I am splitting from my partner and want to keep the house

Monday, 10 September 2012 02:31

Mark Hollands, a director of independent mortgage broker, London Money, answers the question

Dionne Williams asks:-

"Recently I split from my partner, now I want to keep the house that we bought, but the issue is that I have to convince the Mortgage lender that I can manage the mortgage on my single salary.

"I also have a 1 bed flat which is now on the market. Once I sell it I will pay the profit into the mortgage to bring down the amount to an acceptable level that I can repay on my own.

"Are there any other options which I need to consider? My sole aim is to keep my house."


Mark answers:-

"I am not sure from your email whether the lender knows of the change in circumstances, but provided the mortgage payments continue to be met then there should be no need for the lender to become heavy-handed. That said, in the small print of your mortgage's T&C’s there will be something that says you should notify them of any change in circumstances.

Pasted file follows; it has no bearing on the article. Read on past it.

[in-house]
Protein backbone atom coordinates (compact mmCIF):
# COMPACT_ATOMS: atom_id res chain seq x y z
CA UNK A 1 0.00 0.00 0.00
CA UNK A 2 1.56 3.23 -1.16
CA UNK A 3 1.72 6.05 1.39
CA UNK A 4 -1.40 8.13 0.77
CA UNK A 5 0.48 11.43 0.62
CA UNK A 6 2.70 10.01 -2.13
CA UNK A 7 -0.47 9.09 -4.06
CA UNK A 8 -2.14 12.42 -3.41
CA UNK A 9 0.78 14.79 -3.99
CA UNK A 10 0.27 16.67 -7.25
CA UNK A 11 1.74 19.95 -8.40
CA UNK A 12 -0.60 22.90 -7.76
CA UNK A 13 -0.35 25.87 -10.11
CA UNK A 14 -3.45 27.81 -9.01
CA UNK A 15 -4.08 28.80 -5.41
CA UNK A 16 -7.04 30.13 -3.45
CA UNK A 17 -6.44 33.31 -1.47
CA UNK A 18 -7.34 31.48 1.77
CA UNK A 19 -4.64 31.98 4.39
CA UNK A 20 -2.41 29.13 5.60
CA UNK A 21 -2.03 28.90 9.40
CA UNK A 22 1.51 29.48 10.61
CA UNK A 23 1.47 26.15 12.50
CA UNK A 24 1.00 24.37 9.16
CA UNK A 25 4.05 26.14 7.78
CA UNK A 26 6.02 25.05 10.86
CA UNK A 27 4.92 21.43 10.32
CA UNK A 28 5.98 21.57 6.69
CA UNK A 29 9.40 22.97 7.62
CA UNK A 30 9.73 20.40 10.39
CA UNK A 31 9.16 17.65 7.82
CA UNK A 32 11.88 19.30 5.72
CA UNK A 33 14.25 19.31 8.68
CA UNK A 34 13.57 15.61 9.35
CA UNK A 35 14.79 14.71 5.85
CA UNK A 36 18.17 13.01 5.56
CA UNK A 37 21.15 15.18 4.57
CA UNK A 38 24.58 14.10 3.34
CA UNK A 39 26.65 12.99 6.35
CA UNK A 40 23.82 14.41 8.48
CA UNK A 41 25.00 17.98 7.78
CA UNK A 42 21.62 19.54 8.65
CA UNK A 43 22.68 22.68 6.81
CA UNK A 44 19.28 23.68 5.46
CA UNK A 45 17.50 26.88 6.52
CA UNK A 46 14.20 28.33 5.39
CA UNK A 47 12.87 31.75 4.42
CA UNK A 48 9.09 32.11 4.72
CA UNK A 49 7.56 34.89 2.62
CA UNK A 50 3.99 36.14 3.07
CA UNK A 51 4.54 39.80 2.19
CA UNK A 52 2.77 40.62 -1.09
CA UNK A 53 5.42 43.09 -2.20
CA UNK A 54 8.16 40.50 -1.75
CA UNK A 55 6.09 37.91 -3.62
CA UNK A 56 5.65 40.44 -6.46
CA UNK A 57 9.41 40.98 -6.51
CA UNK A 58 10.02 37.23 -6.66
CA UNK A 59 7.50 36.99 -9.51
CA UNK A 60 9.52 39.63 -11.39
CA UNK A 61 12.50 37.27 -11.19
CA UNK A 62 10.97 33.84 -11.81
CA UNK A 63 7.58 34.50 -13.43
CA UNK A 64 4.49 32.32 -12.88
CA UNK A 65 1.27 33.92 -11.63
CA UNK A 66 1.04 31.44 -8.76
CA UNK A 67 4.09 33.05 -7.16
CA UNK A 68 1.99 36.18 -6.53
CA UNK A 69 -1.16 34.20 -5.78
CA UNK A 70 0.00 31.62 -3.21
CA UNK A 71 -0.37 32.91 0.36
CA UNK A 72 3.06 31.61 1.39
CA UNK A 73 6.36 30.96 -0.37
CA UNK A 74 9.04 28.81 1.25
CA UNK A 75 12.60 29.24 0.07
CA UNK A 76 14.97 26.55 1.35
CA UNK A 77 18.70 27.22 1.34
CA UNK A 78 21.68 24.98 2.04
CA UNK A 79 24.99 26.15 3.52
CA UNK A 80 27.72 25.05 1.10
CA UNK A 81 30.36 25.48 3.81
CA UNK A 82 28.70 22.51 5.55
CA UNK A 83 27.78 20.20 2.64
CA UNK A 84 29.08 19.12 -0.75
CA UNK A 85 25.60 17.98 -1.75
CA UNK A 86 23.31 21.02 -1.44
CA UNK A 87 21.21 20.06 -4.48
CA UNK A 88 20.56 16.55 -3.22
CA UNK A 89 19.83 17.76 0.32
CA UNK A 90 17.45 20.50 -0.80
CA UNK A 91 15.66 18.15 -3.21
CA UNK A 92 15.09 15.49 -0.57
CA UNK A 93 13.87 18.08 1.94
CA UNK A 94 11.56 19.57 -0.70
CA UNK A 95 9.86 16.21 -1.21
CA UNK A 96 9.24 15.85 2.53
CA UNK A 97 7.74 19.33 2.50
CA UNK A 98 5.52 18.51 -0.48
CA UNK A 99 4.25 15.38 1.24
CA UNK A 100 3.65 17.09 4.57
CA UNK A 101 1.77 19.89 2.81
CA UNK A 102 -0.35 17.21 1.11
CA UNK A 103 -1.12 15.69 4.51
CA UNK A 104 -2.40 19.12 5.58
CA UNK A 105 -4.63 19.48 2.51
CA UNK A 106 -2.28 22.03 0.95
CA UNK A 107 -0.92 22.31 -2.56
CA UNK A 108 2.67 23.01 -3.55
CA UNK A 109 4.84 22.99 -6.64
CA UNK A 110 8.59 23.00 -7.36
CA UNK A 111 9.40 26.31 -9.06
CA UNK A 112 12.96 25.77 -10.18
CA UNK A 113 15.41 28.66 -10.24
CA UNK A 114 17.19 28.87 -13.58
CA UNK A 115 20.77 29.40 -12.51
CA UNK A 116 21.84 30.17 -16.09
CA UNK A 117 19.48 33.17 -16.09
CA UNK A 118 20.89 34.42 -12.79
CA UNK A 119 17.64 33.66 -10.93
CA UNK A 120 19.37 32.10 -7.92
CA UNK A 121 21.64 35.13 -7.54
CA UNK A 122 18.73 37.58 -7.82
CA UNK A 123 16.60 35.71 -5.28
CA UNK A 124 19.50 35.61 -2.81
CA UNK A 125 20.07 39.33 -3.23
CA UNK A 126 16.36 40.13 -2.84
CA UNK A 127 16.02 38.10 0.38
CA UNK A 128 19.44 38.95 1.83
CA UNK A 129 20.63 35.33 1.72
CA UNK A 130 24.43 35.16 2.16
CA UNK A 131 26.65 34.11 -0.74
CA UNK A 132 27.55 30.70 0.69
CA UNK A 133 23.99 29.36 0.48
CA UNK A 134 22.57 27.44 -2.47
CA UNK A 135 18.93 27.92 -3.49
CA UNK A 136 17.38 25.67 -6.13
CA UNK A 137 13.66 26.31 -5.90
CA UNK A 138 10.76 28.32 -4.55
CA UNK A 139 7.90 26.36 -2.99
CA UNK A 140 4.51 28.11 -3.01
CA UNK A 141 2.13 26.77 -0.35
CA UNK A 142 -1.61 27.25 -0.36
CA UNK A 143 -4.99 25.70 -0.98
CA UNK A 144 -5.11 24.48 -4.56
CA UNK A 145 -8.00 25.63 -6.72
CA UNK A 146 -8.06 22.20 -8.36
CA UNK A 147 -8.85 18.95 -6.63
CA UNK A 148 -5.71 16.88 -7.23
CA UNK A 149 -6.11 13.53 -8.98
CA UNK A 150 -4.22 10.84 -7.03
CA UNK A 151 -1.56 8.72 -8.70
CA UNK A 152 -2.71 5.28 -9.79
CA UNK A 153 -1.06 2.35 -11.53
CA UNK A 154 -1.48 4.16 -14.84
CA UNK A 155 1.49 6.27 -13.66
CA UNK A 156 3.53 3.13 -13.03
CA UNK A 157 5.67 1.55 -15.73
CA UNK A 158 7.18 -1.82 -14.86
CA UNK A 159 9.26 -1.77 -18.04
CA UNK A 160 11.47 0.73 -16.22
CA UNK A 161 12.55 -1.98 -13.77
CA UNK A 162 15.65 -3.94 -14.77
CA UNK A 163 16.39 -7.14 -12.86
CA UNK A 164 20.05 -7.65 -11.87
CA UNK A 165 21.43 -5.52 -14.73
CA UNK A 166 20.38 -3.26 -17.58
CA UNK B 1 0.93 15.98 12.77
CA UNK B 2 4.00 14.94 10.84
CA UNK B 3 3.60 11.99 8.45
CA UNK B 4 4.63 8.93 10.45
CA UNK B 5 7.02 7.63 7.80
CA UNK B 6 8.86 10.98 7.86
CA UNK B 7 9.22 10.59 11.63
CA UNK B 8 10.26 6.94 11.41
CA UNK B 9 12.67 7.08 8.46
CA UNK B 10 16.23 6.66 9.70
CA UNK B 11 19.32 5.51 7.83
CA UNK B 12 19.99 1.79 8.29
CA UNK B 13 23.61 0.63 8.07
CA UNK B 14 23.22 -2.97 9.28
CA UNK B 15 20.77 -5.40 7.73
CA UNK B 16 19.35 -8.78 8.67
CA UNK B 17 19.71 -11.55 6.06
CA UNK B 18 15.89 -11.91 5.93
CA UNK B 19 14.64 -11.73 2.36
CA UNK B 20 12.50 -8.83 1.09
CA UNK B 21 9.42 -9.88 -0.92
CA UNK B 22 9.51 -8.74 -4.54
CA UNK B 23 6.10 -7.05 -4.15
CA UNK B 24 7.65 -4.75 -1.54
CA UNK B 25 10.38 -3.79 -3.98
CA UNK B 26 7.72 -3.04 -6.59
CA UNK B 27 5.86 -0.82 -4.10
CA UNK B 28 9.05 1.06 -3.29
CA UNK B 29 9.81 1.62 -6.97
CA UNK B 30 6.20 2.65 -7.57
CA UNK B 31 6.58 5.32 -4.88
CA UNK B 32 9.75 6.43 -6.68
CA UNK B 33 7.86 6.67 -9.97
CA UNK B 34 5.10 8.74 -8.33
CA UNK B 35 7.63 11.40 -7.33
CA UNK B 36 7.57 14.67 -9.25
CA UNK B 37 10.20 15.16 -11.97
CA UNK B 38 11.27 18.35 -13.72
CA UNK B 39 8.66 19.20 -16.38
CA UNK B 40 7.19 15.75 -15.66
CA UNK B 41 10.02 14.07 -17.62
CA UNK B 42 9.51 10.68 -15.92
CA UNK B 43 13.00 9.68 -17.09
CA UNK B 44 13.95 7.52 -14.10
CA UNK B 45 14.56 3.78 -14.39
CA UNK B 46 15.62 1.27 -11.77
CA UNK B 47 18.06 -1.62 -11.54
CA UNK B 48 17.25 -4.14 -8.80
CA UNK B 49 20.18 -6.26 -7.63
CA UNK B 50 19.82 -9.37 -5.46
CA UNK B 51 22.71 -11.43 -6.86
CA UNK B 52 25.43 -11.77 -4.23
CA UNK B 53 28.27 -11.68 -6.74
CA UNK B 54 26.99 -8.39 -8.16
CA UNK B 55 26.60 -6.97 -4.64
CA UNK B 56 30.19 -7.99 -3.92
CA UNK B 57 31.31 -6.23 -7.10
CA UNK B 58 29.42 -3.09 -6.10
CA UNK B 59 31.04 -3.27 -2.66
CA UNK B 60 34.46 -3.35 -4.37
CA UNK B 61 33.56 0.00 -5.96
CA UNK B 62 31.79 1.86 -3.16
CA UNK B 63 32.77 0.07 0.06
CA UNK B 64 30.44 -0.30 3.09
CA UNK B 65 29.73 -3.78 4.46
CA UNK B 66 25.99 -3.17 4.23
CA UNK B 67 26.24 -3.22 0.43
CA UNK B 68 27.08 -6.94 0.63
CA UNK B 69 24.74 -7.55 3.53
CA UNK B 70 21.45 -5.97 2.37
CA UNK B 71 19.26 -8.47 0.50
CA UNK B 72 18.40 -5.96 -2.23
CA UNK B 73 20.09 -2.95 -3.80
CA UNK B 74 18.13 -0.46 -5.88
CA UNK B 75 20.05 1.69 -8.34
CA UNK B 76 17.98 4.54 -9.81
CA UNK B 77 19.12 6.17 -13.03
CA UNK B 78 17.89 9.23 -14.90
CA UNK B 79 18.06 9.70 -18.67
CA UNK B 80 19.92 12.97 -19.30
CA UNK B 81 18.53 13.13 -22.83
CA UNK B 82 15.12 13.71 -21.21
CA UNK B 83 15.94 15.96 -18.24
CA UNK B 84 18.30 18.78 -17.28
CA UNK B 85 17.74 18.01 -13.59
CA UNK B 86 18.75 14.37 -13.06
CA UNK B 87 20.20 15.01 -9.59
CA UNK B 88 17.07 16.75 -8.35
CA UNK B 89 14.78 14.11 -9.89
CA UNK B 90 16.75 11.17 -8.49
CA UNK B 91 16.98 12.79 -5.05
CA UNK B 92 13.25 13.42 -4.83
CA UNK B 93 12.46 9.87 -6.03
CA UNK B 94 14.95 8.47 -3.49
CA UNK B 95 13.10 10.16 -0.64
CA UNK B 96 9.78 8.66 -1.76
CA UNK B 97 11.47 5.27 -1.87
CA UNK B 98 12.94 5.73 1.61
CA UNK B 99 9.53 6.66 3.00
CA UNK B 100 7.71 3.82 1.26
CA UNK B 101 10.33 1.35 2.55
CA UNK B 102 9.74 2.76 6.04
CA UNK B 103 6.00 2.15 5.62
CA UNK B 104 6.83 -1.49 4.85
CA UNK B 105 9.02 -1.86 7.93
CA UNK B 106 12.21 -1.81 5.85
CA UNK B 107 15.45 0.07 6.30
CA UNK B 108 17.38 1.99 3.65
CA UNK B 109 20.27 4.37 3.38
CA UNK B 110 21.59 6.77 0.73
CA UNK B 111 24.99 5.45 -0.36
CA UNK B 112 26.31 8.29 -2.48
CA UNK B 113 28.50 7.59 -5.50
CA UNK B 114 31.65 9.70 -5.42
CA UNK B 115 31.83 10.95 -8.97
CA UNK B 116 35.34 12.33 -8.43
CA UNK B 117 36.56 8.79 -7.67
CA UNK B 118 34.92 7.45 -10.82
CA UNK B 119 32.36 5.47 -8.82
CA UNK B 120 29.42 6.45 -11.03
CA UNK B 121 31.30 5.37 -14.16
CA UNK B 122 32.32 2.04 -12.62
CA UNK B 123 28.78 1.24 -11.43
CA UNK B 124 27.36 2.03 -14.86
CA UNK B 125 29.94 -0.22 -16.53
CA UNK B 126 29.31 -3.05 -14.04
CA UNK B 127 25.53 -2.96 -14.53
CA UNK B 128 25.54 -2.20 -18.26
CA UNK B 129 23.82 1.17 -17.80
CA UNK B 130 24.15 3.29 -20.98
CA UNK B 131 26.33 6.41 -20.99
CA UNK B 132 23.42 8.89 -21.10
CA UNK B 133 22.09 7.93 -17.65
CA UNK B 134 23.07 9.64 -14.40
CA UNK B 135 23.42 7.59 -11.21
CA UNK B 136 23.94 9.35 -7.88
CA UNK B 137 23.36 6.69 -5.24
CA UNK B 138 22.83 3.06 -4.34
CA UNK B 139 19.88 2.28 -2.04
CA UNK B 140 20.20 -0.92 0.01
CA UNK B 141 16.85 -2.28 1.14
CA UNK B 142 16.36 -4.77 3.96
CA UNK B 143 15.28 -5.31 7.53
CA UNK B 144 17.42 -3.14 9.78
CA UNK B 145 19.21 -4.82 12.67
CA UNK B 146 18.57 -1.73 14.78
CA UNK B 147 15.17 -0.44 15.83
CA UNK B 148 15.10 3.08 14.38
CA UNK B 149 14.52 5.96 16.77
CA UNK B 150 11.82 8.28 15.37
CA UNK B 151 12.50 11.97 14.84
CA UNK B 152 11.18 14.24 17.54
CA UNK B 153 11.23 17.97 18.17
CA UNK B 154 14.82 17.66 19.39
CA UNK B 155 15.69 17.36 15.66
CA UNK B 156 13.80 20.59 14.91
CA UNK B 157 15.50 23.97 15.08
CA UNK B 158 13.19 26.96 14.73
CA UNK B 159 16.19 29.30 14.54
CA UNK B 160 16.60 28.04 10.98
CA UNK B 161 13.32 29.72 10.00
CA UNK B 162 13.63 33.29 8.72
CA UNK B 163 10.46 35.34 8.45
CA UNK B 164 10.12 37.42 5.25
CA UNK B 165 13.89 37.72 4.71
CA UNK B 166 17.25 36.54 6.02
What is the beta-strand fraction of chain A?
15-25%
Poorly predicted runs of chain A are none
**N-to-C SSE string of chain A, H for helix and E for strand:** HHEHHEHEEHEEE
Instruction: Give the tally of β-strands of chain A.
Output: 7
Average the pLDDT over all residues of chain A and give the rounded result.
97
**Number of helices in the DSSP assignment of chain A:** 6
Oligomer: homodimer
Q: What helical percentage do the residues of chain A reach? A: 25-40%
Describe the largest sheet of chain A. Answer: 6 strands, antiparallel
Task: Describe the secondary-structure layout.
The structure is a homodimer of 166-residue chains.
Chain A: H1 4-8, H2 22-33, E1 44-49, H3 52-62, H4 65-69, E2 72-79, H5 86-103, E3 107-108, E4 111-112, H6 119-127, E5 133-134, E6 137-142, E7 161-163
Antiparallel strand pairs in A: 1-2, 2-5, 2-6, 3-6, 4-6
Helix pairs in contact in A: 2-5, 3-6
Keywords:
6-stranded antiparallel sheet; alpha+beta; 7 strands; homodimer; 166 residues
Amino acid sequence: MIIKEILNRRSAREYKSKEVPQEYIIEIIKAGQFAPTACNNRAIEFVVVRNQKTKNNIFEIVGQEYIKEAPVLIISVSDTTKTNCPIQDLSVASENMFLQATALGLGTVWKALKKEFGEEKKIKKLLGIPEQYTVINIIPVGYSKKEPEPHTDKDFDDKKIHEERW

"The local market might be slow and so selling a property might take time that you do not have. Also, bear in mind that you could be left with a tax bill to pay should a profit arise through the sale of your flat. You say you want to keep the property but not whether you wish to stay living in it.

"You could ask the lender for permission to let the property out and move in to your other property whilst you decide what other options you might have. Alternatively, you could look to raise a buy-to-let mortgage on your second property, the proceeds of which you could use to pay down the mortgage and/or buy your ex-partner out.

"Lenders have a different approach as to what may be deemed affordable for lending purposes and they can vary greatly depending on income, credit score and whether you have children. So it may be possible to maintain a mortgage on your own either with your existing lender or by remortgaging to another lender."

If you have a question for Mark go to the Myfinances.co.uk's Ask the Mortgage Expert section

Or for more information on your insurance options go to London Money's website




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